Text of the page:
Yuan Yuan Tan Dances Her Way Through China With SF Ballet
From the flip of a coin to principal soloist in the San Francisco Ballet’s China debut, ballerina Yuan Yuan Tan has come full circle. Born in Shanghai, Tan discovered passion for dance early in life — an interest her mother supported and her father opposed. Her parents decided to leave the decision up to a coin toss, a fateful move that landed in favor of dance, putting Tan on the road to becoming the most acclaimed ballerina to ever hail from China.
She became a soloist with the San Francisco Ballet at age 18 and at 20, became the youngest principal dancer in the history of the company (and the first Asian American to achieve either position).
Now, with the San Francisco Ballet taking a three week tour to celebrate the 60th anniversary of the People’s Republic of China, Tan is returning to her roots as she tours Beijing, Shouzou and her home city of Shanghai. Tan will dance a full-length production of "Swan Lake" as well as other works from choreographers such as George Balanchine, Helgi Tomasson and Christopher Wheeldon.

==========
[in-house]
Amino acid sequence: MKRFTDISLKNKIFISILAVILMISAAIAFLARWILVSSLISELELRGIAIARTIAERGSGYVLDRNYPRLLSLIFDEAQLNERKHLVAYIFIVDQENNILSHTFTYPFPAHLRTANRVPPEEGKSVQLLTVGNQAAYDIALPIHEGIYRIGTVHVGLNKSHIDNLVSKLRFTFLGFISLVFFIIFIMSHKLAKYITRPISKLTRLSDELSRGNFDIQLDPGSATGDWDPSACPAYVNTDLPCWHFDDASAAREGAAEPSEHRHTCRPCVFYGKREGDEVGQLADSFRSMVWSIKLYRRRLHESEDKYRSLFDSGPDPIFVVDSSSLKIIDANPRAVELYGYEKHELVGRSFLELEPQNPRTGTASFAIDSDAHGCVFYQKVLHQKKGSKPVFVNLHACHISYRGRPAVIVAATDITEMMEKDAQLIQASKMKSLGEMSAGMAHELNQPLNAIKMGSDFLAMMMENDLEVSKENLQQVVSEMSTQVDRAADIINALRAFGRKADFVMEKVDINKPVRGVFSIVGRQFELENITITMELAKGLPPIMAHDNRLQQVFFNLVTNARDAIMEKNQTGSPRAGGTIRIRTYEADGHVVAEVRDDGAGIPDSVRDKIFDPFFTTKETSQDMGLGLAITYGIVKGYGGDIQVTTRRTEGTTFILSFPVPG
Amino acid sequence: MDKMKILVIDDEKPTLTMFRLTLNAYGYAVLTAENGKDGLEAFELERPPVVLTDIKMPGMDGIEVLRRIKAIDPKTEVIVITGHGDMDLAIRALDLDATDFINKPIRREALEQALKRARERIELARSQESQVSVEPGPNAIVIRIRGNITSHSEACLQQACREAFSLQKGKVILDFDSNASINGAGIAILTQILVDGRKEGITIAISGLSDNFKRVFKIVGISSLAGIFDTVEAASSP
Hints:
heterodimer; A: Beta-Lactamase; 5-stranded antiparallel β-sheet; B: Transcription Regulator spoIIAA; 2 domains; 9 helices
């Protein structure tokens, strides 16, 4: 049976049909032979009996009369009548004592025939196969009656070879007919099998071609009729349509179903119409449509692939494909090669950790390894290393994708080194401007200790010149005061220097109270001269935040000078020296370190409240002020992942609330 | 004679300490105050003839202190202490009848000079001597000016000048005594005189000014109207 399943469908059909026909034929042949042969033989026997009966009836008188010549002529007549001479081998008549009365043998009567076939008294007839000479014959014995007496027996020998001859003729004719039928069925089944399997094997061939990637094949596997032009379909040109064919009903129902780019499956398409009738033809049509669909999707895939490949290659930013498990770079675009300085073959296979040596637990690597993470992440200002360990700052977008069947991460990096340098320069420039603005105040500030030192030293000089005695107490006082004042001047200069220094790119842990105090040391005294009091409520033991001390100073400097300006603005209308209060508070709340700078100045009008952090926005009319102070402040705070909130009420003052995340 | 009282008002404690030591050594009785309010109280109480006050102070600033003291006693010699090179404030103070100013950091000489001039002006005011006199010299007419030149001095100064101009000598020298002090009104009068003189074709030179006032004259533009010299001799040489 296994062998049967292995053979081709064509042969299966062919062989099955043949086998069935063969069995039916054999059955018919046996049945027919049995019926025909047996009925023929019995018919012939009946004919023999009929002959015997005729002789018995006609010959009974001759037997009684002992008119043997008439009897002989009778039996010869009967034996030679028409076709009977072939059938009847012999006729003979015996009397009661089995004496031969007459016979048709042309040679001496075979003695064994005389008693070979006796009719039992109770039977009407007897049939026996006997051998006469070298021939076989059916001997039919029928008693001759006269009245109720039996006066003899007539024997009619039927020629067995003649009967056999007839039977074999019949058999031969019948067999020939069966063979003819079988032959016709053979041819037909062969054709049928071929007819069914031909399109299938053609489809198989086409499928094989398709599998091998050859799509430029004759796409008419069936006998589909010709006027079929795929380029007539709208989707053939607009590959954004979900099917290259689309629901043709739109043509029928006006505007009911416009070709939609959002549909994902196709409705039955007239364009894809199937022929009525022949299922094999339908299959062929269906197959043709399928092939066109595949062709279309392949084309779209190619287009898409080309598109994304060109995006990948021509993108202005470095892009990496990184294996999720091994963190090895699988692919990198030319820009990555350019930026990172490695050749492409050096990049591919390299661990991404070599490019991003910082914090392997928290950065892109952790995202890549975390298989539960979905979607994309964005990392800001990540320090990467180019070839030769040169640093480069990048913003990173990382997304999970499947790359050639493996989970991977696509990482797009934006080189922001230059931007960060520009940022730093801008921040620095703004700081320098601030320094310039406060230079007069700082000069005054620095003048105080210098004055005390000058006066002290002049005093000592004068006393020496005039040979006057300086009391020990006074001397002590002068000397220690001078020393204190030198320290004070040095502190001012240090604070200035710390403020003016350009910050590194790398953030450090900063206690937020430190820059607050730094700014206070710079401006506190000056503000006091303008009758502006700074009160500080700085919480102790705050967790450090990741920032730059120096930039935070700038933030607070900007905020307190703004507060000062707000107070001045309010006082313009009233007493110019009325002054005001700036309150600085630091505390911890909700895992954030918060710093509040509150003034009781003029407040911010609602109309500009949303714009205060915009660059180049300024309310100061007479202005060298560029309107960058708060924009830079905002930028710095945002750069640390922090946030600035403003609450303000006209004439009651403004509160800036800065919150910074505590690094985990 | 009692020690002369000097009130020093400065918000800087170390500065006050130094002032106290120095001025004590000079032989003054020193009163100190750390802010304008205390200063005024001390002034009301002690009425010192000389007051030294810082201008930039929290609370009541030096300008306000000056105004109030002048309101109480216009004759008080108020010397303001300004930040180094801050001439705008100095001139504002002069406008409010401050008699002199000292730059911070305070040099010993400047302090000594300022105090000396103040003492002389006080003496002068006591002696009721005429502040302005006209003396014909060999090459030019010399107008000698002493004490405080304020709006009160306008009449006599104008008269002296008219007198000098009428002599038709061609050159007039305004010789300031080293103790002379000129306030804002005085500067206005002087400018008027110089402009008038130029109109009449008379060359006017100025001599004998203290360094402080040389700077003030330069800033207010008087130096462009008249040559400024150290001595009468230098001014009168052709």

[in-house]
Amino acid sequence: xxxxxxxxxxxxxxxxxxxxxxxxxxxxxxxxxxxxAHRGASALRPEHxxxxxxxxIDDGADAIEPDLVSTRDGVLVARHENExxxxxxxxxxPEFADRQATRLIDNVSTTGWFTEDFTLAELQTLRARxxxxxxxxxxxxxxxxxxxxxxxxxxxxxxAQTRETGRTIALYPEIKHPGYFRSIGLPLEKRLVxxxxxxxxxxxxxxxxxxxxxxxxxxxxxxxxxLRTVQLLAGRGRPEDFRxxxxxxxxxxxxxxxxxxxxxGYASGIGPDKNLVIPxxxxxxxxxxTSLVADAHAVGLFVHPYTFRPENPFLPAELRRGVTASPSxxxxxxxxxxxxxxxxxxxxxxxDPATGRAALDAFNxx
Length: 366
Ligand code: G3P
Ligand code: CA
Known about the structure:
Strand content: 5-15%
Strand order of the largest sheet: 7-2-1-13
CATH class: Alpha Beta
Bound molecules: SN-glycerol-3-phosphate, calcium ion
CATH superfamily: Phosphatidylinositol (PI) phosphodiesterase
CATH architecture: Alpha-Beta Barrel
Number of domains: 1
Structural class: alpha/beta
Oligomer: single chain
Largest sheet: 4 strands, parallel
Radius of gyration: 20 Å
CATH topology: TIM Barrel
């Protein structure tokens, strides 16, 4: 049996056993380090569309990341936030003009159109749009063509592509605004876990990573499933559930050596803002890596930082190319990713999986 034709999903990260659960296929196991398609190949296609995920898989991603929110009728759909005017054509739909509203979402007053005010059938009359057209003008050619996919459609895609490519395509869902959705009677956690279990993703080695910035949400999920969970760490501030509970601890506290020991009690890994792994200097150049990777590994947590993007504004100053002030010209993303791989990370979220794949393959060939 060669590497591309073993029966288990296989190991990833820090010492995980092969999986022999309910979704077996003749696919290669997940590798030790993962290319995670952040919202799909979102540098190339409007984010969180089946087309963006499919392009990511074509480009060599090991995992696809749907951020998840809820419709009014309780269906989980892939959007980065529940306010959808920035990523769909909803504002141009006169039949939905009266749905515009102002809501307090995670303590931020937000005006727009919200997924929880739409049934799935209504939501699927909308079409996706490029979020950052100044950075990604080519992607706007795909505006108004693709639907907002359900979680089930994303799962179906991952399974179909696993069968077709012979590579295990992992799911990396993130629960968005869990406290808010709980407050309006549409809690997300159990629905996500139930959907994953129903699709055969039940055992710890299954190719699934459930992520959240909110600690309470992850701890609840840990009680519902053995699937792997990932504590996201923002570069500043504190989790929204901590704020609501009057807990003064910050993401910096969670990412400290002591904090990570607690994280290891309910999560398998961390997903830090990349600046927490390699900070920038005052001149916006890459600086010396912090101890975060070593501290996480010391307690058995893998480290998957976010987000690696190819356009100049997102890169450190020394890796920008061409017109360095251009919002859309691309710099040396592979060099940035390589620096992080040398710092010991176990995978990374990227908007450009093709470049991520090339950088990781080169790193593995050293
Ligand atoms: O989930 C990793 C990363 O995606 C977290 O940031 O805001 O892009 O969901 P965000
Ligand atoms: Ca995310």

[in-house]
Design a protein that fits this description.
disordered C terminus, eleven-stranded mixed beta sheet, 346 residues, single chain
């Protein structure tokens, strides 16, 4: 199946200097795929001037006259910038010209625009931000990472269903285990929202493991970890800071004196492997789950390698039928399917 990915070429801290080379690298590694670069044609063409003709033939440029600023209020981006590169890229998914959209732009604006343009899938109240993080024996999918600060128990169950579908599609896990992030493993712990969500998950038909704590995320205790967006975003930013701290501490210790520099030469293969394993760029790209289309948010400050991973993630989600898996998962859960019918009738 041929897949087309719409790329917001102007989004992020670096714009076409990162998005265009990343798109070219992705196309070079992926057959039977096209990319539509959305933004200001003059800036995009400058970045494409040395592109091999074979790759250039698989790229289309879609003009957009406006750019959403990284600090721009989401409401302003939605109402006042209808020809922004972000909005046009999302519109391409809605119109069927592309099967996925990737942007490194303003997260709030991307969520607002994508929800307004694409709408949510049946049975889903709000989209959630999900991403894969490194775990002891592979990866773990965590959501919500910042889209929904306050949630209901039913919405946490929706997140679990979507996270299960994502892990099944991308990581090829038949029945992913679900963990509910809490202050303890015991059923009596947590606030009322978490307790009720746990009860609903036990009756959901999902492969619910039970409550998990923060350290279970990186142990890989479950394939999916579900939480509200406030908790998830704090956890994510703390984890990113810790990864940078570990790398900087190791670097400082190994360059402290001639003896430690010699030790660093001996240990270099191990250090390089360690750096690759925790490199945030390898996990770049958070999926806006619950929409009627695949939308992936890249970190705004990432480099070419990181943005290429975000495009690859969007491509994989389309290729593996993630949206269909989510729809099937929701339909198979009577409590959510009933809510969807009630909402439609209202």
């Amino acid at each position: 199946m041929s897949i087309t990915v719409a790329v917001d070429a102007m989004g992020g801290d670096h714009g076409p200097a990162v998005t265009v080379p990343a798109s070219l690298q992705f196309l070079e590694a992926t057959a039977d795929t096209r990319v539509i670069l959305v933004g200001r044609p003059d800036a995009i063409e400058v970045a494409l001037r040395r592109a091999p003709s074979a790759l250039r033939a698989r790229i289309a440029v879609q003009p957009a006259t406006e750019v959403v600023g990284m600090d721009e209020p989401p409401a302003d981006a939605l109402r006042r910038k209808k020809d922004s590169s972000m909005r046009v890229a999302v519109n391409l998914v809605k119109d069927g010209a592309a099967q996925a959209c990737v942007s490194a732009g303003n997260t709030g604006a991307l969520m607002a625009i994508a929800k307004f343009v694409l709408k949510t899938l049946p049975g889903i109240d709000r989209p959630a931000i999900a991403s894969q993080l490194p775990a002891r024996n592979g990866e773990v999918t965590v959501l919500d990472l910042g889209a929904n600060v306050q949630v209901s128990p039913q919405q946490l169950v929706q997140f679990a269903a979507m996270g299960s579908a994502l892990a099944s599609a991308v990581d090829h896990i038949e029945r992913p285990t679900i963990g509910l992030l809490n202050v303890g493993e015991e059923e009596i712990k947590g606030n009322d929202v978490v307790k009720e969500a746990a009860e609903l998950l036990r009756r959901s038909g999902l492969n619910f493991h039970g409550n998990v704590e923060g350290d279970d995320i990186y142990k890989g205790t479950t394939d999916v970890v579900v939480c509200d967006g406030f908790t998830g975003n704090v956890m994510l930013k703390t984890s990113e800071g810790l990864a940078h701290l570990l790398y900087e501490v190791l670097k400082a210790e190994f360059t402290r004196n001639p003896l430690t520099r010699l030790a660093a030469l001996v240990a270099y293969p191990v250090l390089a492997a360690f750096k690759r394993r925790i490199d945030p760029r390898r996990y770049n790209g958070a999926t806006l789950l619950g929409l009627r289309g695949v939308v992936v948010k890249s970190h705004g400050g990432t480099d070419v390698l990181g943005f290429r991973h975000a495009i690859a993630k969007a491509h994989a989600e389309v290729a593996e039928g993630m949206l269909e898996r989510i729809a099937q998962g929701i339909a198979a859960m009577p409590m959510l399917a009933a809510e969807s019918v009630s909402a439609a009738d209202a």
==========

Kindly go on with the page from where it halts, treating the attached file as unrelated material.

Though Tan is still the world’s best-known Chinese ballerina, her meteoric rise to success is opening the doors for other Asian dancers who want to perform on the international stage. Her success is notable because she is revitalizing what has traditionally been seen as European art.
Tan’s repertoire includes lead roles in ballets such as "Giselle," "Romeo and Juliet" and "The Nutcracker" — roles that were originally written for white females. By dancing these roles superbly, she shows that a ballet can be beautiful and unique even when deviating from the original artistic vision.
Tan is truly bridging the gap between east and west as she was named one of Time Magazine’s "Asian Heroes" in 2004 and has danced for both former President Bill Clinton and former Chinese Premier Zhu Rongji.
Here’s a video of Tan dancing in Othello Ballet:
Photo (top) of Yuan Yuan Tan and Damian Smith in Yuri Possohkov’s "Fusion"; (bottom) of Yuan Yuan Tan and Tiit Helimets in Tomasson's "Nutcracker" © Erik Tomasson